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Zhang Heng
Zhang Heng was an astronomer, mathematician, inventor, geographer, cartographer, artist, poet, statesman, and literary scholar from Nanyang, Henan, and lived during the Eastern Han Dynasty (AD 25–220) of China. After beginning his career as a minor civil servant, he eventually became Chief Astronomer, Prefect of the Majors for Official Carriages, and then Palace Attendant at the imperial court. His uncompromising stances on certain historical and calendrical issues led to Zhang being considered a controversial figure, which prevented him from becoming an official court historian. Zhang applied his extensive knowledge of mechanics and gears in several of his inventions. He invented the world's first water-powered armillary sphere, to represent astronomical observation; improved the inflow water clock by adding another tank; and invented the world's first seismometer, which discerned the cardinal direction of an earthquake 500 km (310 mi) away. Furthermore, he improved previous Chinese calculations of the formula for pi. His fu (rhapsody) and shi poetry were renowned and commented on by later Chinese writers. Zhang received many posthumous honors for his scholarship and ingenuity, and is considered a polymath by some scholars.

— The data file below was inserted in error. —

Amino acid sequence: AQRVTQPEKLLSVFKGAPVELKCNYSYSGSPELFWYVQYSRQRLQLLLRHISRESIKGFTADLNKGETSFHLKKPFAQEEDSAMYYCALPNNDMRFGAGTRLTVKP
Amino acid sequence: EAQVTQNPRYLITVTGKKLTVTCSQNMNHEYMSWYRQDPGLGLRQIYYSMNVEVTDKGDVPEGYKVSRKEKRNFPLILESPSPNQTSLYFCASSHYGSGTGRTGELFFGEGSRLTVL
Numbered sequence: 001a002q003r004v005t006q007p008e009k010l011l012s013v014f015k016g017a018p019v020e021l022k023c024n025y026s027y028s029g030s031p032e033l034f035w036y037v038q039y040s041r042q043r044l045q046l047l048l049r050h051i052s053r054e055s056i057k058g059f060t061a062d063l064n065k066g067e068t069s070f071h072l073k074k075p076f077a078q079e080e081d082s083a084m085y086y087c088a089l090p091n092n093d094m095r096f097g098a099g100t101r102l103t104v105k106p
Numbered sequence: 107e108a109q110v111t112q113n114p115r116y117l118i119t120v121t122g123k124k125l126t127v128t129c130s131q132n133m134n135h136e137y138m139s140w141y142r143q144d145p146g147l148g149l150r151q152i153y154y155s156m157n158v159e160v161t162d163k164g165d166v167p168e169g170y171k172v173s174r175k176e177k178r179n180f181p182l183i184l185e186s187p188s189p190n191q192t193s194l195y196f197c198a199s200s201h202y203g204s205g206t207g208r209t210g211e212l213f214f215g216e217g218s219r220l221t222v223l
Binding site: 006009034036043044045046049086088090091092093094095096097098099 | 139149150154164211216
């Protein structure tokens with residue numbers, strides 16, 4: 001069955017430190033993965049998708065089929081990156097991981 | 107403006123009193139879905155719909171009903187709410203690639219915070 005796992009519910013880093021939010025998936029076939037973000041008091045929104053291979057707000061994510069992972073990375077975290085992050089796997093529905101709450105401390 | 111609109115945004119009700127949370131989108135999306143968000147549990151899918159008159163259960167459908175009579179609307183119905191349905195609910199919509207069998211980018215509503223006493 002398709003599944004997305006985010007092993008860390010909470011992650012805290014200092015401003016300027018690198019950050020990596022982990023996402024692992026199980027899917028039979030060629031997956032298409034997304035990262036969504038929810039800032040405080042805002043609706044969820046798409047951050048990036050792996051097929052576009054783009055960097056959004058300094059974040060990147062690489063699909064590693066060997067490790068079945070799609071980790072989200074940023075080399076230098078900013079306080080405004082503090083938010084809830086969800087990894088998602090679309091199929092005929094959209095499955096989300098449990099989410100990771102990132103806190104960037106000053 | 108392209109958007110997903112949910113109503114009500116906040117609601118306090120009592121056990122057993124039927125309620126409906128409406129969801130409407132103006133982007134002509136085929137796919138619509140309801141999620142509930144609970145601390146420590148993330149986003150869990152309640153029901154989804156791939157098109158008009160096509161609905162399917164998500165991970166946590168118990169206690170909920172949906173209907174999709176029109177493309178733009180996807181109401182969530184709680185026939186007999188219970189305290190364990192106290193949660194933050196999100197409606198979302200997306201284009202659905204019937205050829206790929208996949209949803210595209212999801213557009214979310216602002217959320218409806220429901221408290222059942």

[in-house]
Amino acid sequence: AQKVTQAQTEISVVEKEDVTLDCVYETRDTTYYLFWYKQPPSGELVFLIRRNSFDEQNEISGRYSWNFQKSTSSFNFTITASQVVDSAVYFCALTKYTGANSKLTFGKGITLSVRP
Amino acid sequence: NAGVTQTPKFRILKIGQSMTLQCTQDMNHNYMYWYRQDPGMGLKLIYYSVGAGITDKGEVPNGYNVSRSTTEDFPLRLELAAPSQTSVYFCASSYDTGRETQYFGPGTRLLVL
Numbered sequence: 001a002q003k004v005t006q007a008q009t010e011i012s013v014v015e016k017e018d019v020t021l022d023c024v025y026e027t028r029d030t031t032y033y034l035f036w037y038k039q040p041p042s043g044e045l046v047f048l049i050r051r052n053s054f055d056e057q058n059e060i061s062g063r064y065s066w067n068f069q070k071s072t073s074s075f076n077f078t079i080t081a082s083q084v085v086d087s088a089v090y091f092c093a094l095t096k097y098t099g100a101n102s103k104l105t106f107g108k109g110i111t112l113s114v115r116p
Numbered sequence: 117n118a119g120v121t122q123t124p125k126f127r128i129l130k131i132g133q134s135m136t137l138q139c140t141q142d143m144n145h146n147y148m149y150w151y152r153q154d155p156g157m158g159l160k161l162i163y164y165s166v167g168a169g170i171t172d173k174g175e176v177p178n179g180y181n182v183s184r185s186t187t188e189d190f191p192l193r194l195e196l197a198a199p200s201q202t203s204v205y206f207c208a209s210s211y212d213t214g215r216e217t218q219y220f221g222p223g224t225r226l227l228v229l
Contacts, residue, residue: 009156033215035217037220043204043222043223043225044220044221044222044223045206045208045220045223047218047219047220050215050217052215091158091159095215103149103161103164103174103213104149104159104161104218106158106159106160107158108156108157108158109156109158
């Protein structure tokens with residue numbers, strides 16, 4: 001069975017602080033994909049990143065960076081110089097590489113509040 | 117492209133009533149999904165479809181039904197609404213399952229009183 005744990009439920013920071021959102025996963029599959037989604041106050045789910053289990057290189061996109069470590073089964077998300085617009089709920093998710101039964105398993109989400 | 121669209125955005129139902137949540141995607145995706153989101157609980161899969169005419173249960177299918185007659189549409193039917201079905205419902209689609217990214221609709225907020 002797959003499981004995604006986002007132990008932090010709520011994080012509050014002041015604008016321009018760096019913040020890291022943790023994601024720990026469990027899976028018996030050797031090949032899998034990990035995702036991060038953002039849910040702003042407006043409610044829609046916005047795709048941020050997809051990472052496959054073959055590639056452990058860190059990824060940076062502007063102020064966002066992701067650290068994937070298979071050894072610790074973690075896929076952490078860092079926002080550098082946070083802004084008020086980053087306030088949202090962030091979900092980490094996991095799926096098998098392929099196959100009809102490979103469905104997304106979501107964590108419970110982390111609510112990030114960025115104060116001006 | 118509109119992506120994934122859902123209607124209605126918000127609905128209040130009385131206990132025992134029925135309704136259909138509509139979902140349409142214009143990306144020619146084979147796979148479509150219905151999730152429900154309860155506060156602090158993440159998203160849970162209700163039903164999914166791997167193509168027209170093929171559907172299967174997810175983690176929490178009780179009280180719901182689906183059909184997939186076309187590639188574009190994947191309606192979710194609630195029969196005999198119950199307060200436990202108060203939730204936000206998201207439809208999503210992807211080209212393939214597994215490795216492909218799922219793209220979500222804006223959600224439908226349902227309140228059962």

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January 13, 2020 –
Visa Inc. purchases financial technology firm Plaid for US$5.3 billion, after it and Mastercard each invested US$250 million into the company last year. (Reuters)
January 13, 2020 – Houston Astros sign stealing scandal
Houston Astros general manager Jeff Luhnow and manager A. J. Hinch are suspended by Major League Baseball for the entire 2020 season after the league concludes its investigation into the team's illegal use of technology to steal signs during the team's championship 2017 season. They are also fired by the organization. (ESPN)